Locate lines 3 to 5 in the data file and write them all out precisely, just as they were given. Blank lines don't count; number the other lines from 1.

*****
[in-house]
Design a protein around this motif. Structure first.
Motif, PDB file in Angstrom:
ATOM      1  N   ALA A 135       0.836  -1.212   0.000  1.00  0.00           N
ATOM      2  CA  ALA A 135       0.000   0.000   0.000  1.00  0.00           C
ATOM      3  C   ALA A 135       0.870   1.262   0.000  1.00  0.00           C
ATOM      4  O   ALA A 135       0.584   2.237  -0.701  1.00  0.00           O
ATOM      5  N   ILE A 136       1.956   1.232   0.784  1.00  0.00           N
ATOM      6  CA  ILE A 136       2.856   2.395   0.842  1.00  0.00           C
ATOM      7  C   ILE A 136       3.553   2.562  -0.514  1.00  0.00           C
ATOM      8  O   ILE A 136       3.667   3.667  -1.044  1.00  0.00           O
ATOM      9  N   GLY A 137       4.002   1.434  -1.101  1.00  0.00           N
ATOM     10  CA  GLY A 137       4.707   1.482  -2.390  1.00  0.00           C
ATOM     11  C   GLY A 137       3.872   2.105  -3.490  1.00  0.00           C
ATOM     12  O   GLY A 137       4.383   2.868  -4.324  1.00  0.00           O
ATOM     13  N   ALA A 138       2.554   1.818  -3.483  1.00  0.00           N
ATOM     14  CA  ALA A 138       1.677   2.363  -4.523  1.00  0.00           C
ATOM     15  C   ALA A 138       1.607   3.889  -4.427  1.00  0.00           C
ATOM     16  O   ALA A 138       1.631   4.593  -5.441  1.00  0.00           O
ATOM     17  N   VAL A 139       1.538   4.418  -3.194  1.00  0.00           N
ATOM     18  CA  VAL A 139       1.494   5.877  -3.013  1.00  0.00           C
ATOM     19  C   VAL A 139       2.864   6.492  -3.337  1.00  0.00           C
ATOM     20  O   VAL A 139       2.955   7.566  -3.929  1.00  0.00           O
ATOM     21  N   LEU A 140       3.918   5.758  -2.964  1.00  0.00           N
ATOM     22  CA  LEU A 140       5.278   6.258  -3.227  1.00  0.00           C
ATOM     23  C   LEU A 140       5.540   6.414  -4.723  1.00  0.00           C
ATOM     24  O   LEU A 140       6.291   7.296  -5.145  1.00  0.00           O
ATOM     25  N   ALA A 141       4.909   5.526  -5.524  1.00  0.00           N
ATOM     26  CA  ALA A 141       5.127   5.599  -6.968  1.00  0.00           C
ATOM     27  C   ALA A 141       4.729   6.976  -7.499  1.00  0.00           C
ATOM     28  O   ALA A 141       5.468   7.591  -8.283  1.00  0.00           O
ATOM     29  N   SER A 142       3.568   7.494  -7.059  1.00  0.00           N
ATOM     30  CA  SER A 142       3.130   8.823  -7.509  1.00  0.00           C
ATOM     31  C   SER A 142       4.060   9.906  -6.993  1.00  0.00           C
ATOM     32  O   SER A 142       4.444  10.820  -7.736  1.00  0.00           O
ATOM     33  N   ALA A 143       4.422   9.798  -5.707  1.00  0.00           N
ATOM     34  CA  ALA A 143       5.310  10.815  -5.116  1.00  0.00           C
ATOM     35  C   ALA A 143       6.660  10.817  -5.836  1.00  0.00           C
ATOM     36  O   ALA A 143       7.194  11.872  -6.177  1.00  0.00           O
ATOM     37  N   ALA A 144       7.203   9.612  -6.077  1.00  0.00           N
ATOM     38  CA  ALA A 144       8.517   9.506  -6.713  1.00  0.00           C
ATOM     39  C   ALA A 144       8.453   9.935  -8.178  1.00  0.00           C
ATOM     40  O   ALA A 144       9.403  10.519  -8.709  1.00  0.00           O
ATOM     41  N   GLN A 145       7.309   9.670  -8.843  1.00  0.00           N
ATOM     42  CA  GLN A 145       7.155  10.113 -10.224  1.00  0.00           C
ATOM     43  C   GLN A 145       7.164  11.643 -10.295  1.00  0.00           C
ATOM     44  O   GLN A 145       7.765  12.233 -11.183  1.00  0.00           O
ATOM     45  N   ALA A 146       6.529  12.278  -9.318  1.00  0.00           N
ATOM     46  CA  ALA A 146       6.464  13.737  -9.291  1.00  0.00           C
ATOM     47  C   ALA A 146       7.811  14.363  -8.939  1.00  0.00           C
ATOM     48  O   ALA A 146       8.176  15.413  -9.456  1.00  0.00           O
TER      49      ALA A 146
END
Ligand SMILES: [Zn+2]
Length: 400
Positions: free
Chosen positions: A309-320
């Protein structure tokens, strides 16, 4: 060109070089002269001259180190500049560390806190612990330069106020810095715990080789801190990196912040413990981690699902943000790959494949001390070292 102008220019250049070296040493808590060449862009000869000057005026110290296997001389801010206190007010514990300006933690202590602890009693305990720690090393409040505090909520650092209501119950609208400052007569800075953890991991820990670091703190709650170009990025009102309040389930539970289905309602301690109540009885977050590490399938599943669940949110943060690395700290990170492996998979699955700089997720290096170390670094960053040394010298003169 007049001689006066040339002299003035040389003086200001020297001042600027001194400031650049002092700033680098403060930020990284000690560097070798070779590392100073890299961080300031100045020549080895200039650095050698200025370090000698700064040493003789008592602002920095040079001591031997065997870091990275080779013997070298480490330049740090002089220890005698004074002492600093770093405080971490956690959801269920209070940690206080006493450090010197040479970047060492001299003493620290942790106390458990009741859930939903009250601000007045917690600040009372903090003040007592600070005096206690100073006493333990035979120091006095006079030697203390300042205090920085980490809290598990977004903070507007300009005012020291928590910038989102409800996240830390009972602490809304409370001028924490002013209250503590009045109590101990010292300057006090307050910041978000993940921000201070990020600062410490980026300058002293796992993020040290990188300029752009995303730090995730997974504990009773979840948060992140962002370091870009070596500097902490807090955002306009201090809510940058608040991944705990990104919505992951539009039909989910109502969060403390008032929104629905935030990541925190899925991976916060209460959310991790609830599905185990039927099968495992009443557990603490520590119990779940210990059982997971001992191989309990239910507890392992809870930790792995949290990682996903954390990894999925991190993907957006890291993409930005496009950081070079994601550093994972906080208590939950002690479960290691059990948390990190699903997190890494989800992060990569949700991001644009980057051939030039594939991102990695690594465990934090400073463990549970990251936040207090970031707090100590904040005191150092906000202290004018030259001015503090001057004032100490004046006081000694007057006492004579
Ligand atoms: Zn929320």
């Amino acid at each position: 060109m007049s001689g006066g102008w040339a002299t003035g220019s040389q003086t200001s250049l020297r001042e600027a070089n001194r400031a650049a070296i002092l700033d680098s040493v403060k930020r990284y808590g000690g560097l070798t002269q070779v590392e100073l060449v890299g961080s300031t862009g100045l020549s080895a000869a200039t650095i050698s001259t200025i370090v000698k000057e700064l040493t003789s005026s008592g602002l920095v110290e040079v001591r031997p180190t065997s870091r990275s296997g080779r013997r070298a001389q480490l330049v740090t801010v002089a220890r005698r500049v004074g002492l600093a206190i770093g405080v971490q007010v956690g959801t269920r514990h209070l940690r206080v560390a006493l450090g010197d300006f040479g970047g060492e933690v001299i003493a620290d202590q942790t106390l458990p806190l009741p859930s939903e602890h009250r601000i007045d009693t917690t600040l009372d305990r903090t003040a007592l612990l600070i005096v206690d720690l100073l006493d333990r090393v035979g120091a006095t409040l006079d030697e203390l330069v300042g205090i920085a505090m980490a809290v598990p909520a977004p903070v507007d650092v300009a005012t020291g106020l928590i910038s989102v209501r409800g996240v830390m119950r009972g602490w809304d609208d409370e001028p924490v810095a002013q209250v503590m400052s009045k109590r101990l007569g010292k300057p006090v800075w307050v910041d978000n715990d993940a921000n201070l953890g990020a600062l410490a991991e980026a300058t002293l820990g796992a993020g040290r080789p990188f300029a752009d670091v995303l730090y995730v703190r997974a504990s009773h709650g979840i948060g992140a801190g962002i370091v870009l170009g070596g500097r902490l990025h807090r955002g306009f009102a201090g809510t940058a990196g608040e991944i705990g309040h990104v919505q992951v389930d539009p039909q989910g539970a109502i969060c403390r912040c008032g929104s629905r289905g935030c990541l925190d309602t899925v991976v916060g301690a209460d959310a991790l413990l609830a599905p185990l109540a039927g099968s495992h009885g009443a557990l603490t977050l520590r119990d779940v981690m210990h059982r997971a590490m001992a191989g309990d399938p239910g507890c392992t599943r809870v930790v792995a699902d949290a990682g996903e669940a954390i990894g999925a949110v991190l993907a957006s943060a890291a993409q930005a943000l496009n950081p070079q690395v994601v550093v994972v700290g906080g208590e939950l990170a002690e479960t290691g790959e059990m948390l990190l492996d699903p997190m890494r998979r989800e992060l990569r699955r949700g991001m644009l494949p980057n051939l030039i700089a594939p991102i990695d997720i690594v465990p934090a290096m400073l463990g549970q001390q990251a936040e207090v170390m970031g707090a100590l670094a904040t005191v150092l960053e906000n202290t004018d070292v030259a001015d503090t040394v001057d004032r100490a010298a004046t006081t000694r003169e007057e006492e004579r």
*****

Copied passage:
Motif, PDB file in Angstrom:
ATOM      1  N   ALA A 135       0.836  -1.212   0.000  1.00  0.00           N
ATOM      2  CA  ALA A 135       0.000   0.000   0.000  1.00  0.00           C